The market for zero net energy (ZNE) residential and commercial buildings is growing rapidly and is poised for a significant evolutionary leap — if not a boom. Building codes are advancing steadily, zero-energy-ready mandates are being implemented in many states, corporations are demanding high-performance facilities, and the sleeping giant of consumer awareness is stirring.
Designers, architects, builders, and tradespeople need to keep up with these rapid changes. To help them get up to speed, local organizations and businesses are stepping up to provide the education these professionals need in order to thrive in the new environment.
A good example of this kind of local initiative is a recent collaboration of two California nonprofits with a local builder and an energy consultant to develop and present their own classes on zero energy design, construction, and marketing.
The best ZNE training responds to the needs of local communities with their unique climates, cultures, economies, and building practices. Locally developed education is a great way to tap local resources to provide the education that building professionals will need as the demand for ZNE homes and buildings grows.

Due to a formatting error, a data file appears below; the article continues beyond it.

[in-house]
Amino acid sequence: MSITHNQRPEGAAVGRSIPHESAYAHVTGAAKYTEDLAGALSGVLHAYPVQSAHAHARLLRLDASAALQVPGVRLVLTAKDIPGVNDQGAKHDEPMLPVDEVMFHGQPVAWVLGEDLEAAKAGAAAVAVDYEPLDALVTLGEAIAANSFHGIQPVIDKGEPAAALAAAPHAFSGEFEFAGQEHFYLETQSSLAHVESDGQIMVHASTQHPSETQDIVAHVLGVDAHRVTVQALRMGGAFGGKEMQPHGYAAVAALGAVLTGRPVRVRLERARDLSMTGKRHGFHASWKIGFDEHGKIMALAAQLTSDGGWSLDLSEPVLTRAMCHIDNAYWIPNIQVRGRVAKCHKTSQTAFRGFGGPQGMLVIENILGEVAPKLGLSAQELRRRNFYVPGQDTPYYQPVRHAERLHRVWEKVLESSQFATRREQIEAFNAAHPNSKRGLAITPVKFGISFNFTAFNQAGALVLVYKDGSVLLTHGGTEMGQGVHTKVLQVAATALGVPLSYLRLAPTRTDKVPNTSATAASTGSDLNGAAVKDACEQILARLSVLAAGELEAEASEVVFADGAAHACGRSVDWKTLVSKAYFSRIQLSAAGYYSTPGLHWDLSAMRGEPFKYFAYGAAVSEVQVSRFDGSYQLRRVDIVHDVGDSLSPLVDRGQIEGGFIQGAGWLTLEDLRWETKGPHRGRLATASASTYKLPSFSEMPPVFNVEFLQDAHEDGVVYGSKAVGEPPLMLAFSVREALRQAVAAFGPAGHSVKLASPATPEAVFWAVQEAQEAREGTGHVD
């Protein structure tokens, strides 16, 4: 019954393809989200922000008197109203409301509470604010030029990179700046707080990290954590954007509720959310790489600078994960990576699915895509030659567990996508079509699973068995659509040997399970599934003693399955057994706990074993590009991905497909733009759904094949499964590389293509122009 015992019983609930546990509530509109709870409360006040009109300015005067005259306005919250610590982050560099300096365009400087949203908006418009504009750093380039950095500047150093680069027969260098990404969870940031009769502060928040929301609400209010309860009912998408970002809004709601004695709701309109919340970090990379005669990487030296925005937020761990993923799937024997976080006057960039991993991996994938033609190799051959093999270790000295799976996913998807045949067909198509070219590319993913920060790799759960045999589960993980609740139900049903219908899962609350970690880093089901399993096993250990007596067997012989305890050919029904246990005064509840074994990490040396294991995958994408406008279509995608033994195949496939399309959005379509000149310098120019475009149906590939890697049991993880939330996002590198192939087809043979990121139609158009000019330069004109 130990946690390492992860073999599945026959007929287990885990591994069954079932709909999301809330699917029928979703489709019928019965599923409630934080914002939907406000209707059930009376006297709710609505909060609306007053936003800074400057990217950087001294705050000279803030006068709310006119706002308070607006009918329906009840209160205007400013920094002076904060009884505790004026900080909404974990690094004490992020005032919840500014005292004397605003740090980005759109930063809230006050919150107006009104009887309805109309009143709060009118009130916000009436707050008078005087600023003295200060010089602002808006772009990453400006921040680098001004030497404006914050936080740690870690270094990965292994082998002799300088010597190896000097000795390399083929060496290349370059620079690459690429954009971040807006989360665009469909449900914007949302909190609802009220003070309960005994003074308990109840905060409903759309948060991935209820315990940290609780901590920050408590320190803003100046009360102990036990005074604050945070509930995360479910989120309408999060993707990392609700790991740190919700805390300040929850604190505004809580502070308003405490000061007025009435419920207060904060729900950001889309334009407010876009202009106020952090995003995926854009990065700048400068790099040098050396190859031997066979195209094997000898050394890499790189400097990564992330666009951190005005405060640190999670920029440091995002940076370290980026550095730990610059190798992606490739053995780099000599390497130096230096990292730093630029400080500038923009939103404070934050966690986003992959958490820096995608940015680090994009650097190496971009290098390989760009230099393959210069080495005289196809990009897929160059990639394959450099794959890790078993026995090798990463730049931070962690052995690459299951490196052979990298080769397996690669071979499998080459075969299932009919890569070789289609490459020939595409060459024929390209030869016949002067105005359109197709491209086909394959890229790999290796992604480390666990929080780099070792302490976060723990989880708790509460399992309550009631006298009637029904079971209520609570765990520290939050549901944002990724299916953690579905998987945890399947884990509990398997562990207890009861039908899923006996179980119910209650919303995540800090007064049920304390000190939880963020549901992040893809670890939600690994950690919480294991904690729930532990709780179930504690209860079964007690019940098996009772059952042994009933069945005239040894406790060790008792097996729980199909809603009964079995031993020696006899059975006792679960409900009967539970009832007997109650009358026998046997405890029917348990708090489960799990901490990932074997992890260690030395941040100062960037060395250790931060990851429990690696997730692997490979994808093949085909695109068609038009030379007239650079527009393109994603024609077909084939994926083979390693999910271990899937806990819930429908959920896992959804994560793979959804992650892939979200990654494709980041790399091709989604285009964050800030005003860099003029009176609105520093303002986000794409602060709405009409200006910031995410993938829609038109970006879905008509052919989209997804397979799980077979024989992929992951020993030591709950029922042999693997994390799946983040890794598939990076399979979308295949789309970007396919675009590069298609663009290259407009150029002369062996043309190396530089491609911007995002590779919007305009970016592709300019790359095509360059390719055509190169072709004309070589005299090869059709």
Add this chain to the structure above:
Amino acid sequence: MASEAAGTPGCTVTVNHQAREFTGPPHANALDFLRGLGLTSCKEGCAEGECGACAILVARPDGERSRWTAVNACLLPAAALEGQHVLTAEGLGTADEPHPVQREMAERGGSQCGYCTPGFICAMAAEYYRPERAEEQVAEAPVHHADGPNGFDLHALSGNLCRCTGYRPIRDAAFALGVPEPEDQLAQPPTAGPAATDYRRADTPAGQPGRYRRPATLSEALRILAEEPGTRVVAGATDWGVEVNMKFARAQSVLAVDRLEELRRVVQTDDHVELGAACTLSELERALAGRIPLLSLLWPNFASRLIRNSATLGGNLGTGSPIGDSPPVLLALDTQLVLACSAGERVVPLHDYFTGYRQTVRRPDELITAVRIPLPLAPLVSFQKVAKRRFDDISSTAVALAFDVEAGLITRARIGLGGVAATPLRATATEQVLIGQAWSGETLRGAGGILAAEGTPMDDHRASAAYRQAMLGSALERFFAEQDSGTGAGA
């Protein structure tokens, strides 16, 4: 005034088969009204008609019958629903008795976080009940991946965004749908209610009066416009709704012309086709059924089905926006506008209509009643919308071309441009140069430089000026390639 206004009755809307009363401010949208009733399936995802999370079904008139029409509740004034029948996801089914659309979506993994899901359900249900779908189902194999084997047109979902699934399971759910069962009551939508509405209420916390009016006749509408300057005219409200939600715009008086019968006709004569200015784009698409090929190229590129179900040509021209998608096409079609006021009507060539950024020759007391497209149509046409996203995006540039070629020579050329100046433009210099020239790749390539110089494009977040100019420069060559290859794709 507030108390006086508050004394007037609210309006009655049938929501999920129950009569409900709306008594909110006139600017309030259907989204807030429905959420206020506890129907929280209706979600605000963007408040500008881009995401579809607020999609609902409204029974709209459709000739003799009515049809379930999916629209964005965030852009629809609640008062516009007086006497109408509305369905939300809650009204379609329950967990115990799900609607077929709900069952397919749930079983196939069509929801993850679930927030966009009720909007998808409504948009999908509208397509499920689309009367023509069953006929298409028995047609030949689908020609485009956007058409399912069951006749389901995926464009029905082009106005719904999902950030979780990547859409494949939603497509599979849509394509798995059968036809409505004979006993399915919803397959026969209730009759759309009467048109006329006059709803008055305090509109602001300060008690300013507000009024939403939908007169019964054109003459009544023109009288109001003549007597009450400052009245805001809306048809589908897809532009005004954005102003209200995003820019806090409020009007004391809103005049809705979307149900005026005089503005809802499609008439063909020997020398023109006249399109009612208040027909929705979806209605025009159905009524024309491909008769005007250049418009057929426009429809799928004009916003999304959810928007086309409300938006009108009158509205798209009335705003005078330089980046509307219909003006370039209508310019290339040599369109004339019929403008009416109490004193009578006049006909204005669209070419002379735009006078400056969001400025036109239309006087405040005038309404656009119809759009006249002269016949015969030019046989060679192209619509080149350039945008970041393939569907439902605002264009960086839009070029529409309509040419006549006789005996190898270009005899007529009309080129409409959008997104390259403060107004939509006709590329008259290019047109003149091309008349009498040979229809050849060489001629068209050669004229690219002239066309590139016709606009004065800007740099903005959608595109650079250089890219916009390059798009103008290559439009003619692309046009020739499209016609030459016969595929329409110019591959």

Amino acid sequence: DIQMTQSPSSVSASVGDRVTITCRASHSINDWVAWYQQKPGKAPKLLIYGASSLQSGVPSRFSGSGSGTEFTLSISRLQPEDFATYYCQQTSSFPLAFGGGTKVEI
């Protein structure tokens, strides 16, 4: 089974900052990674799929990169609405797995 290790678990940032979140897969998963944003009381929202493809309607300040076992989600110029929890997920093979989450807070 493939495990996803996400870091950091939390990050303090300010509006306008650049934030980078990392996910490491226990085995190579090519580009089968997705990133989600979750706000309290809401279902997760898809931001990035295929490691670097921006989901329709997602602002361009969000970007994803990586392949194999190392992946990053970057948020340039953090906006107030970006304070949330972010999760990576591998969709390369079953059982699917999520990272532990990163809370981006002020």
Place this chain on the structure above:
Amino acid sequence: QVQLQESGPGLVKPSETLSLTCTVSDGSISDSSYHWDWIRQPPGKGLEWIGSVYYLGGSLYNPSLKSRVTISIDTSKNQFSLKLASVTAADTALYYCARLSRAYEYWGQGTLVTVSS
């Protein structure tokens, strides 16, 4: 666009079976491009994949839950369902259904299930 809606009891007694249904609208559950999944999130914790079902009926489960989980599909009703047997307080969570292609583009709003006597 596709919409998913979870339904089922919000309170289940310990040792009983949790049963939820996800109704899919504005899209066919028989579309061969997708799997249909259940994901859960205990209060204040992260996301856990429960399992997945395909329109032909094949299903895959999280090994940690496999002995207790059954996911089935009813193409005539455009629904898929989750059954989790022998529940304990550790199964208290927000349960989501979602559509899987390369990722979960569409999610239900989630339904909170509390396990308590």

“We knew we needed to do something to make sure our design and building professionals were ready for California’s zero net energy code,” said Andy Pease of In Balance Green Consulting, one of the organizers. “We had 75 attendees, rave reviews, and no organizer burn-out. If that sounds appealing, we humbly offer suggestions for creating a great ZNE learning opportunity on the cheap.”
Pease recommends six elements for organizing and conducting a successful ZNE training program without stress:
Set reasonable goals: Make the series simple, affordable, and really good, but perfection is not required. Seek out enough local technical expertise to provide the content without having the expense and coordination of outside speakers. This keeps the price low enough to attract a lot of attendees.
Conduct the training with a nonprofit umbrella: The California program was co-presented by the American Institute of Architecture California Central Coast Chapter and the Central Coast Green Building Council (CCGBC), a local USGBC chapter. Neither organization has professional staff, but an intern provided graphic and web support. The two nonprofit organizations gave the series credibility, and the series gave the organizations recognition and added value for membership. This was a win-win for everyone that can work in any geographic area.
Form a small steering committee: Dividing tasks between collaborators makes the workload more manageable for everyone. In the case of the California initiative, two firms led the effort: a builder, Allen Construction, and a green building consultant, In Balance Green Consulting. They developed the framework for the training and provided about half of the content. Another eight, hand-picked speakers covered other specific topics. Volunteers handled logistics, including advertising, food, venue, and registration.